“A reputation is a funny thing,” said Wyatt Earp to a friend in the film Wyatt Earp. It’s as true in sports as it was in the Old West. If you have a reputation among teammates and competitors as being a diva, then that will mark how your ability (or willingness) to contribute to the goals of the team will be assessed. In recent years, this has seemed to especially hold true for wide receivers in the NFL—a position considered by some to have become the “designated diva” spot on the roster. By the same token, if a player works hard in practice and preparation, supports their teammates, and gives their all on the field, they will also have a reputation, but it will be a reputation of honor, integrity, and trustworthiness. It will be the reputation of a player who other players want to have on their team.
For followers of Christ, a reputation is likewise important, but for infinitely more important reasons. Only as we faithfully represent the heart and character of Christ to this world will they have any reason to care about the message we carry of the Savior and His love. This may explain Paul’s challenge to the church at Rome, when he wrote: “Repay no one evil for evil. Have regard for good things in the sight of all men. If it is possible, as much as depends on you, live peaceably with all men” (Romans 12:17-18).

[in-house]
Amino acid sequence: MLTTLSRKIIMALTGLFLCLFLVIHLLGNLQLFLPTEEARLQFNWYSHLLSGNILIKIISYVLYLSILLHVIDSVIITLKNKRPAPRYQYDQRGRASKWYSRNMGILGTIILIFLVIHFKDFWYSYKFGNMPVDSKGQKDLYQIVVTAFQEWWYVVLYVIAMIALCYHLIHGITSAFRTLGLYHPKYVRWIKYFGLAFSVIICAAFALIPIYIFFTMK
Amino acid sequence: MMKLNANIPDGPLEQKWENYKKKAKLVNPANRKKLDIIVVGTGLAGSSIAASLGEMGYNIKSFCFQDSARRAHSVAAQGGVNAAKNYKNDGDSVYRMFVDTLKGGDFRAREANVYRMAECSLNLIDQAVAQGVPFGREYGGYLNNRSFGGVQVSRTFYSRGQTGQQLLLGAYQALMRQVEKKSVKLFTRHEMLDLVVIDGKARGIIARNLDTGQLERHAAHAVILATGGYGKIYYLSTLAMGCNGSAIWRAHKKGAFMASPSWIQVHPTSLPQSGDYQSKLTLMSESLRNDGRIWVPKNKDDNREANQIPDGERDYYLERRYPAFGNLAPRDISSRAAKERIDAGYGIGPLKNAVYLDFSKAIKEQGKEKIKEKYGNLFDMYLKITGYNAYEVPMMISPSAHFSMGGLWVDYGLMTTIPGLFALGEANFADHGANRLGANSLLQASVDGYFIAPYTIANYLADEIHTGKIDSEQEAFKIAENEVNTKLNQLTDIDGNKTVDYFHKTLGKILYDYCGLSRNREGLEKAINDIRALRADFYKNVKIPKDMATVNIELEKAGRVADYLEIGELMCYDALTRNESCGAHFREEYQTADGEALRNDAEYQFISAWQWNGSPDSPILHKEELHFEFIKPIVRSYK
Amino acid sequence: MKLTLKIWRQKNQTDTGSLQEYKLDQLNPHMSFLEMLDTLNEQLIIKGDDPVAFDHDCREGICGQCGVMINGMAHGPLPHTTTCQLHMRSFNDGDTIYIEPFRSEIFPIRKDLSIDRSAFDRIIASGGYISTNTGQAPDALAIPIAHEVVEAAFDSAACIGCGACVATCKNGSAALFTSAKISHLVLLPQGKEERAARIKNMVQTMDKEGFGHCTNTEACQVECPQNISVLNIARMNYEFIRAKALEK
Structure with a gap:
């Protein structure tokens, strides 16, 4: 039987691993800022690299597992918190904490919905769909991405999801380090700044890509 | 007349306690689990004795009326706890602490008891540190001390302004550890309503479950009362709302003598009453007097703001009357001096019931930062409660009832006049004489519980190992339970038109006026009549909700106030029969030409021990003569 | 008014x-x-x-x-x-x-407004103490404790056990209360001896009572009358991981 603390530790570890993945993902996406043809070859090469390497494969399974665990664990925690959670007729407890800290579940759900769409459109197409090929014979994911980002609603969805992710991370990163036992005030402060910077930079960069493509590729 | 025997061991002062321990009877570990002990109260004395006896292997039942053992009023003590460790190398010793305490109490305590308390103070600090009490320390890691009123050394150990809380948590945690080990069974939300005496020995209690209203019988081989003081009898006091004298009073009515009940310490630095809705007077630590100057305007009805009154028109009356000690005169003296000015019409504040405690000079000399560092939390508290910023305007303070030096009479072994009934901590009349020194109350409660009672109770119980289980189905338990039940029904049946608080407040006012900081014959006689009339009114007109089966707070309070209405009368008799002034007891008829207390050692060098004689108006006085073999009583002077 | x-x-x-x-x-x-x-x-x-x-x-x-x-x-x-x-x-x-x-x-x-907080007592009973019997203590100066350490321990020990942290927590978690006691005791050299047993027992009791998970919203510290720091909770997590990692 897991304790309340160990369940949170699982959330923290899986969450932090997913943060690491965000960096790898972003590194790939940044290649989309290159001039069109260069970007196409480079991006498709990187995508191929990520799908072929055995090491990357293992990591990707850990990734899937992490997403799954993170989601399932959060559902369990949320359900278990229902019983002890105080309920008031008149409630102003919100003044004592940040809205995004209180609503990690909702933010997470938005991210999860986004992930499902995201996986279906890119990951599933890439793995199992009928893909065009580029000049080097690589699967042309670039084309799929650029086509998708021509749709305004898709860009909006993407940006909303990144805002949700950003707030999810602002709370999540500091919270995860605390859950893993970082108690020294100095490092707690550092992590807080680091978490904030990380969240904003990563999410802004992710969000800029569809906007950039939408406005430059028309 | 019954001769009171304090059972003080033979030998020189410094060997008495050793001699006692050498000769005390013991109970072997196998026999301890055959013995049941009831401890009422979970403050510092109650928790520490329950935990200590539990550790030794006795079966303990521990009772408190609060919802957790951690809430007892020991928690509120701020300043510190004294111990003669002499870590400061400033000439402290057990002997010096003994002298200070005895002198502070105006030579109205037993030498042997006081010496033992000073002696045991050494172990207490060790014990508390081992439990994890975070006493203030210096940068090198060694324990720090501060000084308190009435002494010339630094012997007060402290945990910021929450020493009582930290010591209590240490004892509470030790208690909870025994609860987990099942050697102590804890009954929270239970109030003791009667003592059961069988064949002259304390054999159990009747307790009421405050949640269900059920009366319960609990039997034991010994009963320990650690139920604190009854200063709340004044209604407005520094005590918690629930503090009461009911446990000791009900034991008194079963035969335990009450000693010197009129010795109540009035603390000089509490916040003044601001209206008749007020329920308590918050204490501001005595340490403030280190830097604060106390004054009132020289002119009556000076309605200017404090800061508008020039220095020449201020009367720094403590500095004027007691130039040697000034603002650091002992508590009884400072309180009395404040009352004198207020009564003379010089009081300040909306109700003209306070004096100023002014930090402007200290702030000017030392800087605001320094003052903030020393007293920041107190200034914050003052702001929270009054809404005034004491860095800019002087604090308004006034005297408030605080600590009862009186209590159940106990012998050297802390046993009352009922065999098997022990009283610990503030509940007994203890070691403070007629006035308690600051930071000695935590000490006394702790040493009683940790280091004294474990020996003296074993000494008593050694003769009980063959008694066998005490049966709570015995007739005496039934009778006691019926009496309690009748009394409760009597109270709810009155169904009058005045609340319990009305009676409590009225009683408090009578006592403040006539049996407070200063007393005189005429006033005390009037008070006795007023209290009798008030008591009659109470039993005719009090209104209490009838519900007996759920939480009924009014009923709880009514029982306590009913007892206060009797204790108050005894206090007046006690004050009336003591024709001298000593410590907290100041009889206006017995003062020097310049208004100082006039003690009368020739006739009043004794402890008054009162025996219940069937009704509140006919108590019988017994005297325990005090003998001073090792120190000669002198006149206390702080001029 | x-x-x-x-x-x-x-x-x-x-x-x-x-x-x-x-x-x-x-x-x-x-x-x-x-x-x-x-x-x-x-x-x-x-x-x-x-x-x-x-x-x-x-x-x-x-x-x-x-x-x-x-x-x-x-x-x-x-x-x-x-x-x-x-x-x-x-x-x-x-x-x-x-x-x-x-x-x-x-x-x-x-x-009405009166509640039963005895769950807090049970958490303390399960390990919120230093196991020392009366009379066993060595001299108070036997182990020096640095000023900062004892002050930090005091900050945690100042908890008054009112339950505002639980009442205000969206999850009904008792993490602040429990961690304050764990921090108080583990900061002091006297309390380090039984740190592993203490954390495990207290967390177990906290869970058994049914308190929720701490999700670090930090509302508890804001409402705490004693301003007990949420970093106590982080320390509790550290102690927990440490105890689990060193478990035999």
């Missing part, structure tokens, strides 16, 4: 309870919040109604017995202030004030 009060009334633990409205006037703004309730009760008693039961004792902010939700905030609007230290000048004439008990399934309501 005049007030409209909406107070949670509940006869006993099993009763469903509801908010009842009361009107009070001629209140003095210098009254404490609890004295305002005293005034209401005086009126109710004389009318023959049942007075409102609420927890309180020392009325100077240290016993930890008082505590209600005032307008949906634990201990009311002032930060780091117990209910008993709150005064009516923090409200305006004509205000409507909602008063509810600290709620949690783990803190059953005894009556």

How we live, what we value, and how we interact with others will have a direct impact on our ability to influence people for the gospel. That is why a good reputation is such a critical issue for believers. It is a reputation that is less about how they will view us and more about how they will view Christ. Without question, this is the value of a good reputation, so “that you also aspire to lead a quiet life, to mind your own business, and to work with your own hands, as we commanded you, that you may walk properly toward those who are outside, and that you may lack nothing” (1 Thessalonians 4:11-12).
Join us tomorrow on Sports Spectrum radio as we discuss this matter of testimony and reputation for Christ.
Bill Crowder, Sports Spectrum Chaplain